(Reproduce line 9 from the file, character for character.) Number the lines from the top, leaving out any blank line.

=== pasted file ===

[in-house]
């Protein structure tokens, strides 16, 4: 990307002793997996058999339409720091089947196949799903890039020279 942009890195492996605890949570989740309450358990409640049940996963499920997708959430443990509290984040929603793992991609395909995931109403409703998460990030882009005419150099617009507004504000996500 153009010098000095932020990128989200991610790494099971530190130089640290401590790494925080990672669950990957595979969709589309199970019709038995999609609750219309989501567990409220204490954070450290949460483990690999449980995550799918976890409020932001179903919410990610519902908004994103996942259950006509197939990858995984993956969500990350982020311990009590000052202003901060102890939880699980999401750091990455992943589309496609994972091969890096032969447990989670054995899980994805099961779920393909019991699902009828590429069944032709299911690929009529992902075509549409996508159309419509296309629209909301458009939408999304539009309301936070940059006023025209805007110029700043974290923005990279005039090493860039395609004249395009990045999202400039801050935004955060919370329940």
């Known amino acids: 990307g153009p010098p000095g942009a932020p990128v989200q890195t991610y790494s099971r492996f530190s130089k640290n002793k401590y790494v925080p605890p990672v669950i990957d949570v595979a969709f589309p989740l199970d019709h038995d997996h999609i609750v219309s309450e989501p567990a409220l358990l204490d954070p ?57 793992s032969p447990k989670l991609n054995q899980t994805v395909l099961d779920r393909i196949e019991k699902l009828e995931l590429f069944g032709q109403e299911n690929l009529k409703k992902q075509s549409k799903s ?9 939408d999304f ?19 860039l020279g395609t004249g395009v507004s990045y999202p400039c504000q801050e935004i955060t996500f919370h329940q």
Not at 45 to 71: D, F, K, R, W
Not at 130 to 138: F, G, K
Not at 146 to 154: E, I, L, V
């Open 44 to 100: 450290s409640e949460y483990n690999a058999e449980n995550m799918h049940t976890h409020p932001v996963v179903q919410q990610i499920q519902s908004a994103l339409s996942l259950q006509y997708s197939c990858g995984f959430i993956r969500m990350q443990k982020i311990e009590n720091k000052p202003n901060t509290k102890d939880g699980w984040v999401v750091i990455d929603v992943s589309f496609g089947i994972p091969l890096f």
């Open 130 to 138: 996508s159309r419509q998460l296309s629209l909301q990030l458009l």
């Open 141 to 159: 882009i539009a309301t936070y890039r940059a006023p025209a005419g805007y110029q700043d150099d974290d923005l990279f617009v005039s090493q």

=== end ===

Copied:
């Open 141 to 159: 882009i539009a309301t936070y890039r940059a006023p025209a005419g805007y110029q700043d150099d974290d923005l990279f617009v005039s090493q």